However, I do think that this, coupled with a strong commitment to creating diversity and inclusion, pushing forward on equality and making it unacceptable to have inequality within the workplace is a great starting point. And by commitment, I mean real equality and equity.
No one person is perfect; no one person has the answers. Our religious beliefs, values, social determinants and demographics, our culture and family, every minute of our lives make us uniquely different.
The NHS wants us to embrace different ideas and be innovative, so why are we not embracing diversity in its purest form? Should we not be capitalising on people who are different, who think different, who look different, who sound different?
How are the thousands of NHS staff voices being heard? How does your organisation ensure everyone’s voice is not just heard but holds equal value to those sat on the executive corridor?
‘Should we not be capitalising on people who are, think, look and sound different?’
How can you be sure that Joe, who cleans the floor on the admissions unit at night, doesn’t have ideas that will help to transform that ward and keep patients safe? Do you really hear and value everyone?
This is a huge task but I don’t know if its one from which we can afford to shy away. How can we tell the public we have done everything we can to safeguard the NHS when we are not investing in those people who represent the services we provide?
I wonder if our current style of communication, whereby the national leader stands at the front of a stage, is just replicating the command and control style of leadership we are so desperate to move away from?
The NHS loves neologisms, one of the latest being “through diversity” and I agree with it. We do need diverse thinking, but it is not only thinking that we need – we need diversity of action too.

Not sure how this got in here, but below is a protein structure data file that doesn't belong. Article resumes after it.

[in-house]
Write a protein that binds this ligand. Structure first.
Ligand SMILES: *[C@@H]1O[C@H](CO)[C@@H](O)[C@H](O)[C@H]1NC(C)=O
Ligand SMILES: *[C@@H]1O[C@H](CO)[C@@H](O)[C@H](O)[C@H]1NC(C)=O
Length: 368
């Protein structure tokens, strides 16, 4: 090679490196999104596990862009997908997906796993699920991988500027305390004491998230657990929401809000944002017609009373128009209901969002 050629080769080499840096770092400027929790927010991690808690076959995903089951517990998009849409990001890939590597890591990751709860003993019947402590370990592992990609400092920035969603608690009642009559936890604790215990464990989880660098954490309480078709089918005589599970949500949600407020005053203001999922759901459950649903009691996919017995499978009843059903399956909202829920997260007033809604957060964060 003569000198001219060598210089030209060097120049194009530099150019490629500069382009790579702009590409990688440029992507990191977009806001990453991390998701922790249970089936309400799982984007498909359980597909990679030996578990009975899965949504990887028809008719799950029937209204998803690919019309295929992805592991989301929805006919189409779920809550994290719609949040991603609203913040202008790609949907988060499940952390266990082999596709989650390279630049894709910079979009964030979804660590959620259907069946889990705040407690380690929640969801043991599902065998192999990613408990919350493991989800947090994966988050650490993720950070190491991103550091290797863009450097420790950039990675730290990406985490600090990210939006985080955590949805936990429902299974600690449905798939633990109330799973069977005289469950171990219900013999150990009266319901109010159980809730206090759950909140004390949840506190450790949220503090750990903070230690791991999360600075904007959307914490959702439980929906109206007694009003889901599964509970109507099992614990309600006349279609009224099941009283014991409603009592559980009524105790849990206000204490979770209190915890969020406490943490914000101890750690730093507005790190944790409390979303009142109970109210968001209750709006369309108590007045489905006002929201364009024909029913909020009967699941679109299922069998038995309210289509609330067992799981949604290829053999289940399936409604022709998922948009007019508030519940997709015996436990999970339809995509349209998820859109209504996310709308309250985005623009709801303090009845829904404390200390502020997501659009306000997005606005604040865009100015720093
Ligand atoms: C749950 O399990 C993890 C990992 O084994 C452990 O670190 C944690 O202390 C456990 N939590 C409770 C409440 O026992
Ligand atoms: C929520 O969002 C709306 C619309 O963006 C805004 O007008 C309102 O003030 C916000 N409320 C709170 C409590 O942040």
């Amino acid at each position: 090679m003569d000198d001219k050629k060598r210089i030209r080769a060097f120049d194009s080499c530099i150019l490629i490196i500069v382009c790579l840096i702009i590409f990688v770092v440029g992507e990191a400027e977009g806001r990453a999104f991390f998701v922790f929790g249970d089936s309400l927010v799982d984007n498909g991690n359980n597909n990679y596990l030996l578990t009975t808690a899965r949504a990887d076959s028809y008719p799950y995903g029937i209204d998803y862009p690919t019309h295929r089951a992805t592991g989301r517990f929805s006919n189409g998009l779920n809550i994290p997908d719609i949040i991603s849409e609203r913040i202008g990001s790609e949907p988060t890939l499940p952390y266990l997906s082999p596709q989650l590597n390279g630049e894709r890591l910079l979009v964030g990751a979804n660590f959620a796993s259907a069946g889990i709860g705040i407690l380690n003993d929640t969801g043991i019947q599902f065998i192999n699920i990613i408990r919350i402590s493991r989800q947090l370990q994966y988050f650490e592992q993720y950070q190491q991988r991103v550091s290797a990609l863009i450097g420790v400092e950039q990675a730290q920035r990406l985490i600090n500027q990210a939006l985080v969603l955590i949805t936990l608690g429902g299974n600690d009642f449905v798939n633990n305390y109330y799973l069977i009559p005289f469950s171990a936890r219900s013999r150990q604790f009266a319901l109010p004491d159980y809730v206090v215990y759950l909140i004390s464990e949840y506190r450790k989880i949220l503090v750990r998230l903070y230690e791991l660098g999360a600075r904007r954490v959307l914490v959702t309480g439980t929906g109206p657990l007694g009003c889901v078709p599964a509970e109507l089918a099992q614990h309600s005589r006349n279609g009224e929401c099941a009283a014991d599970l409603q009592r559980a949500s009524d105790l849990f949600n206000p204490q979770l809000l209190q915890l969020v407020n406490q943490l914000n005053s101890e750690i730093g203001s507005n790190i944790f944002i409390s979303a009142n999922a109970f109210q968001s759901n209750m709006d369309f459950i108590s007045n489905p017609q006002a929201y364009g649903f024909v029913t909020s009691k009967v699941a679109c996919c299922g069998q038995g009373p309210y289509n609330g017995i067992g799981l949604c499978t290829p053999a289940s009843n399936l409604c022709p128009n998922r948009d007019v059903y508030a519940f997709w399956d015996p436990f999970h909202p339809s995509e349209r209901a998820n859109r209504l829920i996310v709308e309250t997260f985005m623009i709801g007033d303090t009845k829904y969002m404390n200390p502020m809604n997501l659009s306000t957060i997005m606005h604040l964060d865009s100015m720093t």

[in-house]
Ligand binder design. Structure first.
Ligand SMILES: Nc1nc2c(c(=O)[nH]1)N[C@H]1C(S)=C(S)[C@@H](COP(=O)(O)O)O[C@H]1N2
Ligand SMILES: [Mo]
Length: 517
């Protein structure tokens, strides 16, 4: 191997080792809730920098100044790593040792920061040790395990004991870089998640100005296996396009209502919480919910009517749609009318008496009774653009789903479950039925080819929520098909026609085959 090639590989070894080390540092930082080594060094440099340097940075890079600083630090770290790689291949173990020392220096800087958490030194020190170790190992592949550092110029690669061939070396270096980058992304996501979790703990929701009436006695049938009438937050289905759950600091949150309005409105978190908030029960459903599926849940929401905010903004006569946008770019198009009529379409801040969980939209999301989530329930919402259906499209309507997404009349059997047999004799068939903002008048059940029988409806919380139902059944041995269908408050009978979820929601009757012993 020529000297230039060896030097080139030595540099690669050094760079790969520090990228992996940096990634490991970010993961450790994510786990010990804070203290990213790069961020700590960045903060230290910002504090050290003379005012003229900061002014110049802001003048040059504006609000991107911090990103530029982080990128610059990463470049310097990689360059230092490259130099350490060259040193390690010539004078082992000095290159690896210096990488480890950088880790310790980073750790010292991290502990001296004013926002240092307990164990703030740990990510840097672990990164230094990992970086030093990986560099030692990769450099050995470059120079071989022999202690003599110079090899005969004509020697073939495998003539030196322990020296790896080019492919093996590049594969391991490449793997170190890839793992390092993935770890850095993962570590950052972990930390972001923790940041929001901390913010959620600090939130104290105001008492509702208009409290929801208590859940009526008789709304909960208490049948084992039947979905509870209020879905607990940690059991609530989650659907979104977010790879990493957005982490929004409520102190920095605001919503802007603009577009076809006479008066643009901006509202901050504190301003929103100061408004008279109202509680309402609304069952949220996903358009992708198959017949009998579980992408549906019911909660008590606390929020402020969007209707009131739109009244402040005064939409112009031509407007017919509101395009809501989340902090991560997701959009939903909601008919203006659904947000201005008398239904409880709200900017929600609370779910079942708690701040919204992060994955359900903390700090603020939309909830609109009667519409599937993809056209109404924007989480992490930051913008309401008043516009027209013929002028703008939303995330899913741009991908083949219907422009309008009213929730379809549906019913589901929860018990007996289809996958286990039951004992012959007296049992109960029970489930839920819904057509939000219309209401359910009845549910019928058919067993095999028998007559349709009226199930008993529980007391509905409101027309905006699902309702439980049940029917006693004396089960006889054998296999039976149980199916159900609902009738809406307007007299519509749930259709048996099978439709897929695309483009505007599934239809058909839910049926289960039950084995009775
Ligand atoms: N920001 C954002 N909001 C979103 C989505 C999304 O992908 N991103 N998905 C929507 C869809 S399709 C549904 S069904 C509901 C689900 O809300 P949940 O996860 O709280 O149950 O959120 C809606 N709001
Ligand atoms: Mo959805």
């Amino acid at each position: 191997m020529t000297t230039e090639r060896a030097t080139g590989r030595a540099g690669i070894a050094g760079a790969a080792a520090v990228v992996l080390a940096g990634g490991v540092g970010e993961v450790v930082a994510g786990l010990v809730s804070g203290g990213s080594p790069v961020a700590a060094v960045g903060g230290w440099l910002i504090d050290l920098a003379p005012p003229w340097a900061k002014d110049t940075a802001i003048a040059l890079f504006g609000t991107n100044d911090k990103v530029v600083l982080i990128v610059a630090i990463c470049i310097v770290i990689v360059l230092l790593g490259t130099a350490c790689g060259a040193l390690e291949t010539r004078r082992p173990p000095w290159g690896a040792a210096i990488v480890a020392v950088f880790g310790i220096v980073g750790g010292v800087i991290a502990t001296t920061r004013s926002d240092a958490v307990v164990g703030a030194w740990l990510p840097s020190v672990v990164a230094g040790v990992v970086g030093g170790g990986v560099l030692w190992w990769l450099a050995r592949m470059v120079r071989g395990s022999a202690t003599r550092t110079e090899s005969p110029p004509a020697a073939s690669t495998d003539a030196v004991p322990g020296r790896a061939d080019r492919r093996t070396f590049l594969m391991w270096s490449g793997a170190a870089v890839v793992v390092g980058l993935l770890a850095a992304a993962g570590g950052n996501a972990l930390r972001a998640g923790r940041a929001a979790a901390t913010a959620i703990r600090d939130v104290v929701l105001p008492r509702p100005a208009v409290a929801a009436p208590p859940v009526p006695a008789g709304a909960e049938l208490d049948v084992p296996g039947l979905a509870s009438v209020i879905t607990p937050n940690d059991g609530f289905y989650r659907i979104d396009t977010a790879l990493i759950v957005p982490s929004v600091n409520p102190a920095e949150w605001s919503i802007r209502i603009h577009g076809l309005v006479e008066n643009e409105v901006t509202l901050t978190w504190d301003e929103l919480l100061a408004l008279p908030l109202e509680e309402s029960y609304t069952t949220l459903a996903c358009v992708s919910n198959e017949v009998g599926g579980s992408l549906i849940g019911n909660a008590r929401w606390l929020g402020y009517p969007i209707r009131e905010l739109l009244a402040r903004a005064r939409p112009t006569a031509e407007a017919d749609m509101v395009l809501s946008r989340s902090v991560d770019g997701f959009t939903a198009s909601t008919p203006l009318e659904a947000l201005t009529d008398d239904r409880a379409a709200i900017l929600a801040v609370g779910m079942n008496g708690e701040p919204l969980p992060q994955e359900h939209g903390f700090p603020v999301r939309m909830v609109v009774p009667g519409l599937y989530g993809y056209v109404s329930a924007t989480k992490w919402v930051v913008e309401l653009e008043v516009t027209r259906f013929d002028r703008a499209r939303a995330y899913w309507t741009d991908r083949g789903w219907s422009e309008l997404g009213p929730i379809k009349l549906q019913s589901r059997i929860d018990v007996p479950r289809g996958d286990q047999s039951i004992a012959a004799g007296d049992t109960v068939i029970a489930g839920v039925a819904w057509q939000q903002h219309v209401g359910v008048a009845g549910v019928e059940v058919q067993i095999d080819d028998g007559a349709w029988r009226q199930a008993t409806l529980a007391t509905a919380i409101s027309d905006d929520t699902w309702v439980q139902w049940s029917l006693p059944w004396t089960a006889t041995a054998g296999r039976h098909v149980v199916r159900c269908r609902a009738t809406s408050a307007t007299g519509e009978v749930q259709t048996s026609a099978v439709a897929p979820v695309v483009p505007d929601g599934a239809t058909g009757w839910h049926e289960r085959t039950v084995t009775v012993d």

Shaping the future
This is why we created the New Health and Care Voices initiative to create a space for those passionate about having a voice that helps shape the future of health and care to come together as a community.
This space is where they can share innovations and ideas that might ultimately shape the future of health and care.
It enables participants to hold conversations in a safe non-threatening environment, to connect and build relationships, and for leaders to be accessible to everyone at any level, sector or community.
‘It’s clear from the conversations we hear that people are not feeling included or valued’
It sounds really simple but it’s clear from the conversations we hear that there is a need for this – people are not feeling included or valued.
New Health and Care Voices has grown since its launch in March 2014, both virtually on social media and in person at our events.
To date, we have organised three free events across the country in Leeds, Birmingham and London, with contributors including Karen Lynas, Rob Webster and Helen Bevan.
The community of voices is growing and people are embracing the new forum for debate, but for me the marker of true success will be when it no longer needs to exist – that’s when I will know we have got it right.
Kirstie Stott is programme manager of West Wakefield Health and Wellbeing and one of HSJ’s Rising Stars